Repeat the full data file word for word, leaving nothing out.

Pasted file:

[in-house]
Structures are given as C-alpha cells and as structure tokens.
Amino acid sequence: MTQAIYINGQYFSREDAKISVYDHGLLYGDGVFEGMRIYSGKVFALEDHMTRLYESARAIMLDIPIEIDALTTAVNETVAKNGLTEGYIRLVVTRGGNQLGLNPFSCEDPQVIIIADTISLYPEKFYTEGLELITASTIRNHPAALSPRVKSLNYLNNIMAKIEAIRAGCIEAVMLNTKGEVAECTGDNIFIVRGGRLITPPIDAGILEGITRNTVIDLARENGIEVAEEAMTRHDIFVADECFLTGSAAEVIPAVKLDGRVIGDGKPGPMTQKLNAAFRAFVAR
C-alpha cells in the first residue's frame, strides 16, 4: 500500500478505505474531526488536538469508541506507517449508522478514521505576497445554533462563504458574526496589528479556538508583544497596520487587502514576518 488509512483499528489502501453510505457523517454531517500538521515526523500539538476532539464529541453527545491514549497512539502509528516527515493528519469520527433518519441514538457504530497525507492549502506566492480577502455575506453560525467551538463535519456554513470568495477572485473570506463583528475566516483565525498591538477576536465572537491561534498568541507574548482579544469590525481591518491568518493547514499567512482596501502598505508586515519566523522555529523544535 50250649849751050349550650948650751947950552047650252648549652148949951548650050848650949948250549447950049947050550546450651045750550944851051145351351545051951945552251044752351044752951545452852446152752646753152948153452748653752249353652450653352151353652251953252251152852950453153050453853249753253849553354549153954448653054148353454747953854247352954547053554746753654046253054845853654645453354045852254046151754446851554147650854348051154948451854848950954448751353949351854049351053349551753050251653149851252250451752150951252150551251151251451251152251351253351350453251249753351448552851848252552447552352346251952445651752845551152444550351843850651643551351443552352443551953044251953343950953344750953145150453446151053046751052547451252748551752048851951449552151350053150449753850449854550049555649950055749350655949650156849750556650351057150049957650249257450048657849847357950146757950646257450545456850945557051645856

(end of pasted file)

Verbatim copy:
[in-house]
Structures are given as C-alpha cells and as structure tokens.
Amino acid sequence: MTQAIYINGQYFSREDAKISVYDHGLLYGDGVFEGMRIYSGKVFALEDHMTRLYESARAIMLDIPIEIDALTTAVNETVAKNGLTEGYIRLVVTRGGNQLGLNPFSCEDPQVIIIADTISLYPEKFYTEGLELITASTIRNHPAALSPRVKSLNYLNNIMAKIEAIRAGCIEAVMLNTKGEVAECTGDNIFIVRGGRLITPPIDAGILEGITRNTVIDLARENGIEVAEEAMTRHDIFVADECFLTGSAAEVIPAVKLDGRVIGDGKPGPMTQKLNAAFRAFVAR
C-alpha cells in the first residue's frame, strides 16, 4: 500500500478505505474531526488536538469508541506507517449508522478514521505576497445554533462563504458574526496589528479556538508583544497596520487587502514576518 488509512483499528489502501453510505457523517454531517500538521515526523500539538476532539464529541453527545491514549497512539502509528516527515493528519469520527433518519441514538457504530497525507492549502506566492480577502455575506453560525467551538463535519456554513470568495477572485473570506463583528475566516483565525498591538477576536465572537491561534498568541507574548482579544469590525481591518491568518493547514499567512482596501502598505508586515519566523522555529523544535 50250649849751050349550650948650751947950552047650252648549652148949951548650050848650949948250549447950049947050550546450651045750550944851051145351351545051951945552251044752351044752951545452852446152752646753152948153452748653752249353652450653352151353652251953252251152852950453153050453853249753253849553354549153954448653054148353454747953854247352954547053554746753654046253054845853654645453354045852254046151754446851554147650854348051154948451854848950954448751353949351854049351053349551753050251653149851252250451752150951252150551251151251451251152251351253351350453251249753351448552851848252552447552352346251952445651752845551152444550351843850651643551351443552352443551953044251953343950953344750953145150453446151053046751052547451252748551752048851951449552151350053150449753850449854550049555649950055749350655949650156849750556650351057150049957650249257450048657849847357950146757950646257450545456850945557051645856